In the face-mask group, the most common site of Von Misses stress in nasomaxillary complex and alveolar structures were infrazygomatic area where plaques were applied, followed by pterygomaxillary suture. Tensile forces were reduced especially in these two areas by spreading to surrounding structures. Minor stress concentrations in frontonasal region were distributed with a similar increase in paranasal area. The least stress concentration was observed in maxillary anterior region and lateral parts of zygomatic bone. The most displacement in sagittal direction occured in the part where plates are applied in maxilla, in pterygomaxillary suture, and in frontomaxillary process region; whereas in transverse direction, the lateral displacement is seen in inferior region of zygomatic arch. In vertical direction, the most displacement in inferior direction was seen superiorly in frontomaxillary suture and in anterior premaxillary region, while the tuber maxilla region posteriorly was displaced upwards.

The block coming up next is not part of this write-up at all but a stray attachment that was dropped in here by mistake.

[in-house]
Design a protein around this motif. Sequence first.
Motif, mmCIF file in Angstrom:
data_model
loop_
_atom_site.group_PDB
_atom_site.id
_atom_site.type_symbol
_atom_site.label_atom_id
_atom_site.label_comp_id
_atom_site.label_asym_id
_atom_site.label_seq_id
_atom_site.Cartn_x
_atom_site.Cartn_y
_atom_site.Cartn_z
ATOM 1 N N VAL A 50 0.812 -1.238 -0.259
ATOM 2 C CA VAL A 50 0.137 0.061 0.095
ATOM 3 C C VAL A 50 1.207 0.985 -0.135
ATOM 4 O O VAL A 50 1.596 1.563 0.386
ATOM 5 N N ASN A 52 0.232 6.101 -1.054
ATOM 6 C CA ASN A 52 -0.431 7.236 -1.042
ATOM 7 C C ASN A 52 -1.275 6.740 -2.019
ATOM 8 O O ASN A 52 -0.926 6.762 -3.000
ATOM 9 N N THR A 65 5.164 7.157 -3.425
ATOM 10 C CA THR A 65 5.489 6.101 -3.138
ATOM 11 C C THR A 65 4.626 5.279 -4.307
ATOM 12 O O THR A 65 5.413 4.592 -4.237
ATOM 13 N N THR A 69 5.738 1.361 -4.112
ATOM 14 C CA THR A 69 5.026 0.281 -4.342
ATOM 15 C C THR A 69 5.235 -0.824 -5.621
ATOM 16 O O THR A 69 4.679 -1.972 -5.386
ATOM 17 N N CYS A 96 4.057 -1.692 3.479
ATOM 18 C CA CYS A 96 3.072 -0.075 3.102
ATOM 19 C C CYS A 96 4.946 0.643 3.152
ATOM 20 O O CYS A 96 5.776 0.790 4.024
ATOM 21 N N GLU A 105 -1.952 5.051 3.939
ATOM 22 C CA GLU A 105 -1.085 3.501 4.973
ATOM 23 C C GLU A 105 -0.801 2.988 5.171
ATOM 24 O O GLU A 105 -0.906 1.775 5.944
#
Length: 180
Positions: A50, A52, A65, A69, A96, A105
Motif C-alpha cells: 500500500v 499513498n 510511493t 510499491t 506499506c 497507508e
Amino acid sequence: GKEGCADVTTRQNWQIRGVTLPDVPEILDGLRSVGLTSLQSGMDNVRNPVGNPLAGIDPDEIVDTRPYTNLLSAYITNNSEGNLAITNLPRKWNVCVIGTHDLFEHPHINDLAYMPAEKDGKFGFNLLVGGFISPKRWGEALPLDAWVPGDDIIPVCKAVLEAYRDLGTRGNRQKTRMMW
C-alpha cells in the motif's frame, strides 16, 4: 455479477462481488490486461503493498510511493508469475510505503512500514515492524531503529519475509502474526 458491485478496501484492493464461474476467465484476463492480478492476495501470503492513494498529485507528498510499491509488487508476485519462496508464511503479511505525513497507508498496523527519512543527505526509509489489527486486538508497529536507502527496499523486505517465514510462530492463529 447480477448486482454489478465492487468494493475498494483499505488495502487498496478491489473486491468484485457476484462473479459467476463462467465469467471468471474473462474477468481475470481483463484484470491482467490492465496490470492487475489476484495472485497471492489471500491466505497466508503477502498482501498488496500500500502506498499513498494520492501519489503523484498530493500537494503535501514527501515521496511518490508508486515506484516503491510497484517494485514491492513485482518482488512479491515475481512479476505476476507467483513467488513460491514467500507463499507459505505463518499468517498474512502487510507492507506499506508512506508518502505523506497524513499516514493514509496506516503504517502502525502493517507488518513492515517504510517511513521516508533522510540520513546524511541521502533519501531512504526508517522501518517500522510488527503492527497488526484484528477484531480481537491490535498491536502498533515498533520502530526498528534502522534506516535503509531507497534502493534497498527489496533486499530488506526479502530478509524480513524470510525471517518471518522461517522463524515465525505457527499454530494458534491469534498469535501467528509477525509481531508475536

Discussion

 

Finite element analysis is a kind of computer-aided simulation that is frequently used especially in fields of engineering and health.20 In these computer simulations, an infinite number of variables could be converted into predictable finite elements and the data obtained could be converted into predictable results in terms of treatment mechanics.21,22 In this study, we investigated the effects of protraction force by using two different skeletal anchorage methods in Class III malocclusions due to maxillary retrognathia. For this purpose, finite element analysis was preferred and possible variables were estimated and infinitely unknown variables were reduced by force and skeletal elements. By means of finite element analysis, the variables of force could be controlled easily. For this purpose, in order to evaluate the effects of force in a more healthy and ethical way, finite element analysis was preferred in our study.